Can someone explain "Steampunk" to me?

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  1. G.S. Williams (Member)

    Posted 8 years ago

    "The Difference Engine" sounds cool, and yes, being thorough about the possibilities can make for interesting science fiction and alternative history. Good science fiction thinks about social and personal ramifications as much as just the technological, and well researched history would pair up well for those purposes.

  2. Shutsumon (Member)

    Posted 8 years ago

    I've always viewed Steampunk as being alternative history with steam power tech ala the Difference Engine or an otherworld setting with steampowered tech. Fantasy with a Victorian aesthetic is "Gaslight Fantasy". Some gaslight fantasy is also steampunk but you can keep it historical tech level pure as well.

    When people talk of Steampunk as an asthetic they generally mean Victoriana, but Steampunk doesn't have to be Victorian. Aliette de Bodard writes one setting that is Aztec Steampunk. Aztecs with high level steam tech. It's also fantasy - magic works, but it's obviously not gaslight fantasy (it's Aztec not Victoriana). For reference here's one of her stories that's available online

    There's also clockpunk which is Renaissance with clockwork Da Vinci type tech.

    There are a lot of things you can do with alternative tech for AU. What if Edison had won the war of the currents? Why did he win in the alternative reality? What would that world be like?

    I begin to digress so I'll shut up now.

  3. Wildbow (Member)

    Posted 8 years ago

    Genres in fiction are established due to a need/want from an audience. It's only as a particular audience forms with an interest in a particular kind of fiction that a genre solidifies, with it's own special rules and boundaries. So the question isn't so much "What makes Steampunk Steampunk" but "Why do people like it?"

    So why do we like steampunk?

    - Aesthetically, it's pleasing. Steam implies raw motive power, workings of pipes and engines give you something concrete and solid, but at the same time, it calls to mind a time when we were (at least superficially) more civilized. Steampunk feeds the imagination with networks of pipes, plumes of smoke, and chugging engines. It's unfamiliar enough that it catches the eye, but nonetheless easy to understand, which makes steampunk an interesting element in design, fashion, architecture, etc.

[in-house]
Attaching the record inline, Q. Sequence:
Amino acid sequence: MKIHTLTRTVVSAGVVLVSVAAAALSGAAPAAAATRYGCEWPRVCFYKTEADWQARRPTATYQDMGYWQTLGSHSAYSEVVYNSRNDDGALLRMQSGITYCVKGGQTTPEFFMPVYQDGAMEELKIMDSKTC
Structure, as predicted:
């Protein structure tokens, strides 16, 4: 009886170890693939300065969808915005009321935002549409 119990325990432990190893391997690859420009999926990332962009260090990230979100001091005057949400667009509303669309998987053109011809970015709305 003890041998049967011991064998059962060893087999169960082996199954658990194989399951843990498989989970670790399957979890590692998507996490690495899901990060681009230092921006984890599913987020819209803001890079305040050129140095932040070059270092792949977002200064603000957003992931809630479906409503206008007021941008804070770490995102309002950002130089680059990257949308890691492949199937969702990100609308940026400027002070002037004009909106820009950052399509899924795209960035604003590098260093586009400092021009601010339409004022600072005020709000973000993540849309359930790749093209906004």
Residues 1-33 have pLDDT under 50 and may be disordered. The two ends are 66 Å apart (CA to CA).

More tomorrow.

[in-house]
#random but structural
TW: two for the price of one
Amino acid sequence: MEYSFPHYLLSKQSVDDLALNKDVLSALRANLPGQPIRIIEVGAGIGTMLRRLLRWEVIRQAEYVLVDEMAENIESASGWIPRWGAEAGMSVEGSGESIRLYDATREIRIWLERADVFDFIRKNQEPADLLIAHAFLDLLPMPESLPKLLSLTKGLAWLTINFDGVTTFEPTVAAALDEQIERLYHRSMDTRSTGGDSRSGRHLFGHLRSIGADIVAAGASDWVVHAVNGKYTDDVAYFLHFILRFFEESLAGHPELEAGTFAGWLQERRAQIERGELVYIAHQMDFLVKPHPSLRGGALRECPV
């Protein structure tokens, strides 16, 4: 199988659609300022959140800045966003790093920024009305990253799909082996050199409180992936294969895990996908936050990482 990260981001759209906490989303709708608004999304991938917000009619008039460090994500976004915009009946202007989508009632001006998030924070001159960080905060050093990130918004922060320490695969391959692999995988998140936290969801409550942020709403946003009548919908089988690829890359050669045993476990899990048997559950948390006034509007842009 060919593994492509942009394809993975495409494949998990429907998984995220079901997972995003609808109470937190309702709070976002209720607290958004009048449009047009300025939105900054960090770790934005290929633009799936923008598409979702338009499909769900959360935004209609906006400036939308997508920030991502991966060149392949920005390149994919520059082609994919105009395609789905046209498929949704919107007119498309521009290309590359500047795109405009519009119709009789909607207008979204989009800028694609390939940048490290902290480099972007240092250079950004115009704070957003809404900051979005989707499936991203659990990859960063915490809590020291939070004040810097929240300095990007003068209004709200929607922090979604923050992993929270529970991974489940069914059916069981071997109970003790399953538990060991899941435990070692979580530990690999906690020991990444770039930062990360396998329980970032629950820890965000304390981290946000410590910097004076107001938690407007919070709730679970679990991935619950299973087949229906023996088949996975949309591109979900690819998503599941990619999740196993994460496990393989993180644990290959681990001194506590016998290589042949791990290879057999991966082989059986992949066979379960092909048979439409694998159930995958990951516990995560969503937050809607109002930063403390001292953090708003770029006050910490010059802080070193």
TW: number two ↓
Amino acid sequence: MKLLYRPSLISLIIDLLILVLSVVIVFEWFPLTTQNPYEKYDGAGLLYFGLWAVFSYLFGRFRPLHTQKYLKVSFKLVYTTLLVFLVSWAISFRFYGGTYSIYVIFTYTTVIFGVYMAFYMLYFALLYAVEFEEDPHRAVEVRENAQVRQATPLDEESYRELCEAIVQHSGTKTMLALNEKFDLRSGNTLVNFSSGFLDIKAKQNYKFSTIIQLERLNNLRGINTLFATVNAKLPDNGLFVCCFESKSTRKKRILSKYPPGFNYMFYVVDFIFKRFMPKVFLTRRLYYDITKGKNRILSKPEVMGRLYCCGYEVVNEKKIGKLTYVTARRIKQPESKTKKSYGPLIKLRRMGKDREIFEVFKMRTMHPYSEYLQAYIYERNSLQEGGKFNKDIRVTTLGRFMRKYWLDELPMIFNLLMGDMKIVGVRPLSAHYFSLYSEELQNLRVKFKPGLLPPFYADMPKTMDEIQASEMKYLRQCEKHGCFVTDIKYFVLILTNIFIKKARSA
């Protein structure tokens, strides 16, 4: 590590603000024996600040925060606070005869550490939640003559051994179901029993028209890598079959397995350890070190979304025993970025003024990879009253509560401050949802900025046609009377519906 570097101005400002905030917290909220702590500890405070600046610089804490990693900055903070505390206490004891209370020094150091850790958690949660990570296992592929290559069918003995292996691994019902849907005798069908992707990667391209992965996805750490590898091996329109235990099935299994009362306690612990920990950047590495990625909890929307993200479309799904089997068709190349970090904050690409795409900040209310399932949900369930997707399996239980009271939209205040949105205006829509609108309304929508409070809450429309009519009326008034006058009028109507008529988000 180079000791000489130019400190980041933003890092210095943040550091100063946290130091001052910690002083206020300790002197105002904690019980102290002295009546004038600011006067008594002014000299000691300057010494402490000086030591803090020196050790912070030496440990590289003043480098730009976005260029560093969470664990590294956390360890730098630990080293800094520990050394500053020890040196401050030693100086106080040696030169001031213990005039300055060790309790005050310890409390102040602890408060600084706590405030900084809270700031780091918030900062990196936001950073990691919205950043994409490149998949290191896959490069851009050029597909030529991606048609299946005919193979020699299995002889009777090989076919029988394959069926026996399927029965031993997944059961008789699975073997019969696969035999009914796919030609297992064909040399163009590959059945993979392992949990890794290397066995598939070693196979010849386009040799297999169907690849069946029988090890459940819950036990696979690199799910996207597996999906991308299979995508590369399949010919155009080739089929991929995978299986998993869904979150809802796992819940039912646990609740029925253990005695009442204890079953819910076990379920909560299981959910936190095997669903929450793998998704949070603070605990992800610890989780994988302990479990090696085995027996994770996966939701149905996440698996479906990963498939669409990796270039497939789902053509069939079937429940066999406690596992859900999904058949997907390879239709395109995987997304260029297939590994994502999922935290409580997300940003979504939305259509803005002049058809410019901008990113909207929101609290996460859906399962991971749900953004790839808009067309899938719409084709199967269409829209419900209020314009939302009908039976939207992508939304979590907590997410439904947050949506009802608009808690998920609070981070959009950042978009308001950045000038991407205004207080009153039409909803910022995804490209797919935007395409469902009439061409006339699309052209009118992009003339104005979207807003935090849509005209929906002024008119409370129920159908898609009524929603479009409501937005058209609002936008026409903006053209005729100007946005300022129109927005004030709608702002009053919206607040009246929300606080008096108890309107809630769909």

- Ethically, it's clean. Steam is clean, there's no pollution (necessarily) or noxious chemicals being poured into the atmosphere. Steam is guiltless. This may differ from setting to setting, as some steampunk does involve coal engines, but even then, it at least distances the audience and author from ideas of oil engines and global warming.

    - Technologically, it's at one of the sweet spots for fiction, as far as allowing for possibilities. By this, I mean that steampunk can allow for all or most of the tropes of pulp science fiction, but it can also allow for all or most of the tropes of the wild west, industrial age robber barons, pirates, military and fantasy. There can be golems/robots and fights atop a train. It allows for a setting where guns exist, but they're not yet so advanced that you can't have a swordfight, not so crude that they'll misfire or wildly miss half the time.

    - Steampunk rewards intelligent characters. Scientists, innovators, detectives, scoundrels, the general trappings of Steampunk society gives these people the tools they need to thrive, while keeping things dynamic and dangerous. Any of these characters can wind up on a steam powered airship that is venting too much steam. Any of them likely has the tools to deal somehow. Steampunk generally doesn't cater to thugs and brutes... which we, as a generally geeky audience, find appealing.

    - It's romantic. Steampunk in general revolves around some of the most basic human dreams. It makes it possible to take to the air (airships, flying cities). It appeals to the person who dreams of coming up with a great idea that can change the world. Getting from one place to another isn't necessarily trivial, but it's always doable... so it feeds our desire for exploration and adventure.

    At least, that's how I see it, from my limited exposure to the genre.

  4. ubersoft (Member)

    Posted 8 years ago

    Well it might be clean genre-wise, but for all practical matters you needed coal in order to create enough of a fire to really get steam engines working. Sort would be a major component of any steampunk tech striving for realism. One of the reasons people moved away from steam is that the newer technologies used cleaner burning fuel.

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  5. Kess (Member)

    Posted 8 years ago

    Wildbow - the 'steam' era was very dirty, due to all the coal being burnt. Some stories might come up with prettier alternatives to romanticise it, but it's far from a clean technology!

    I went to a writer's festival on the weekend that got into steampunk in one of the talks (Trent Jamieson, author of recently-released Roil, was one of the speakers). The authors on the panel agreed that it is largely an aesthetic movement, with some facets that lend themselves to being more than just scenery and trappings (like the technology).

    The best quote I can recall from that discussion was: "Steampunk is goths wearing brown."

  6. ubersoft (Member)

    Posted 8 years ago

    Hmmm... in that case, Firefly is punks wearing brown. :-)

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